Monday, May 23, 2005

The Middle East: Bush Country

All we hear, 24-7 in fact, is that the Muslim world ( i.e. The entirety of The Middle East ) hates America. Not so, according to Johns Hopkins professor, Fouad Ajami, in his recent lecture at the Hoover Institution. An excerpt of his speech appeared in Sunday's Opinion Journal of The Wall Street Journal and begins with the following quote from a shrewd Kuwaiti merchant who said:
George W. Bush has unleashed a tsunami on this region,...Everything here--the borders of these states, the oil explorations that remade the life of this world, the political outcomes that favored the elites now in the saddle--came from the outside. This moment of possibility for the Arabs is no exception.
Ajami himself goes on to describe his recent findings in the region:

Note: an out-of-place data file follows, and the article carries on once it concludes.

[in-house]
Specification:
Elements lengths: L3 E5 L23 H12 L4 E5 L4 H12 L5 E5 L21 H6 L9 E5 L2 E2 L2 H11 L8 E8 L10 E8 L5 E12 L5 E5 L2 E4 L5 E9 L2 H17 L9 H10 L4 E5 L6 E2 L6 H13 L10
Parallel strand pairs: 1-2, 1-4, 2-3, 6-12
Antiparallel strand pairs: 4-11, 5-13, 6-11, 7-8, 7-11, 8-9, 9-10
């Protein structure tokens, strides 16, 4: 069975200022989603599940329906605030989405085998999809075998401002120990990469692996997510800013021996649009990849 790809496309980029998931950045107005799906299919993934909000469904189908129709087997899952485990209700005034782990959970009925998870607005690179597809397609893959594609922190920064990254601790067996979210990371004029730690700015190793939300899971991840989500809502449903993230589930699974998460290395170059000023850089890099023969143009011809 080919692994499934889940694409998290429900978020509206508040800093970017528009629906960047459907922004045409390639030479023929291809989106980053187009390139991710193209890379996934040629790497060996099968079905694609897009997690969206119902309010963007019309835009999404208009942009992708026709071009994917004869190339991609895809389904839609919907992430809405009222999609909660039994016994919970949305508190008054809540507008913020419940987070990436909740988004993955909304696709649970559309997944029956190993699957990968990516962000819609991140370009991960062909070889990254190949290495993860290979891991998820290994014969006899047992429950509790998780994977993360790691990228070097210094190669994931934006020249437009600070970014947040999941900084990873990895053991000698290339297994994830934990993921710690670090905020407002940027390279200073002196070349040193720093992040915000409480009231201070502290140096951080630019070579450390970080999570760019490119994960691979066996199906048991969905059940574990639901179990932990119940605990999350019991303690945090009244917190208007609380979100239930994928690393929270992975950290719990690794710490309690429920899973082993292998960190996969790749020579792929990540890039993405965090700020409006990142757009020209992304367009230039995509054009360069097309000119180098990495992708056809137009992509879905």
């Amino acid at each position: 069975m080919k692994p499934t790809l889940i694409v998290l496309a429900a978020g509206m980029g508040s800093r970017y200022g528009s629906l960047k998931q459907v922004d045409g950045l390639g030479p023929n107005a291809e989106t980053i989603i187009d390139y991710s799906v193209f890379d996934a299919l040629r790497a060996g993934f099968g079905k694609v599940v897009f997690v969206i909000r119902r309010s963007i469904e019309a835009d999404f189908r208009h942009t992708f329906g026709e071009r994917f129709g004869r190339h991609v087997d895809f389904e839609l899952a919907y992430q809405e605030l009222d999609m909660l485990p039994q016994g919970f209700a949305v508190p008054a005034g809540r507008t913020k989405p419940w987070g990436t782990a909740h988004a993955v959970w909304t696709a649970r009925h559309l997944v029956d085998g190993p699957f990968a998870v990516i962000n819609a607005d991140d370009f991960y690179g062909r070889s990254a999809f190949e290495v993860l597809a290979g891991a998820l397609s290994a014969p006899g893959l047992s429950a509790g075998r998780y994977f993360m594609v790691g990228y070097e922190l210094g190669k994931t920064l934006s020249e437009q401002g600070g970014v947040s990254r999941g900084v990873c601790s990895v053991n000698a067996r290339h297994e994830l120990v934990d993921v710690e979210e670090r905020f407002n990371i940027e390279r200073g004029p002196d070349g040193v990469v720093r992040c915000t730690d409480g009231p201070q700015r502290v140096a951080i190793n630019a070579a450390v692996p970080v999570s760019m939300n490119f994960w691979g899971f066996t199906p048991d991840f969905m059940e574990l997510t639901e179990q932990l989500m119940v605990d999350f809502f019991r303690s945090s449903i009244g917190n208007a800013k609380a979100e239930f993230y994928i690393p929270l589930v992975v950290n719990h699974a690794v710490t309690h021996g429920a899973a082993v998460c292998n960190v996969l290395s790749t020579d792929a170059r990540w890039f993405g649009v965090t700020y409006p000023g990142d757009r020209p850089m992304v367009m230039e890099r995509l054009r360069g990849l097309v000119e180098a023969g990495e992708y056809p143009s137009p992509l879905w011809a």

To venture into the Arab world, as I did recently over four weeks in Qatar, Kuwait, Jordan and Iraq, is to travel into Bush Country. I was to encounter people from practically all Arab lands, to listen in on a great debate about the possibility of freedom and liberty. I met Lebanese giddy with the Cedar Revolution that liberated their country from the Syrian prison that had seemed an unalterable curse. They were under no illusions about the change that had put the Syrian rulers on notice. The speed with which Syria quit Lebanon was astonishing, a race to the border to forestall an American strike that the regime could not discount. I met Syrians in the know who admitted that the fear of American power, and the example of American forces flushing Saddam Hussein out of his spider hole, now drive Syrian policy. They hang on George Bush's words in Damascus, I was told: the rulers wondering if Iraq was a crystal ball in which they could glimpse their future.
Dr. Ajami goes on to describe a growing confidence in Egypt by those calling for democratic reform, women voting for the first time in Kuwait and a lively press in Iraq. It's funny what happens when you say what you mean and mean what you say.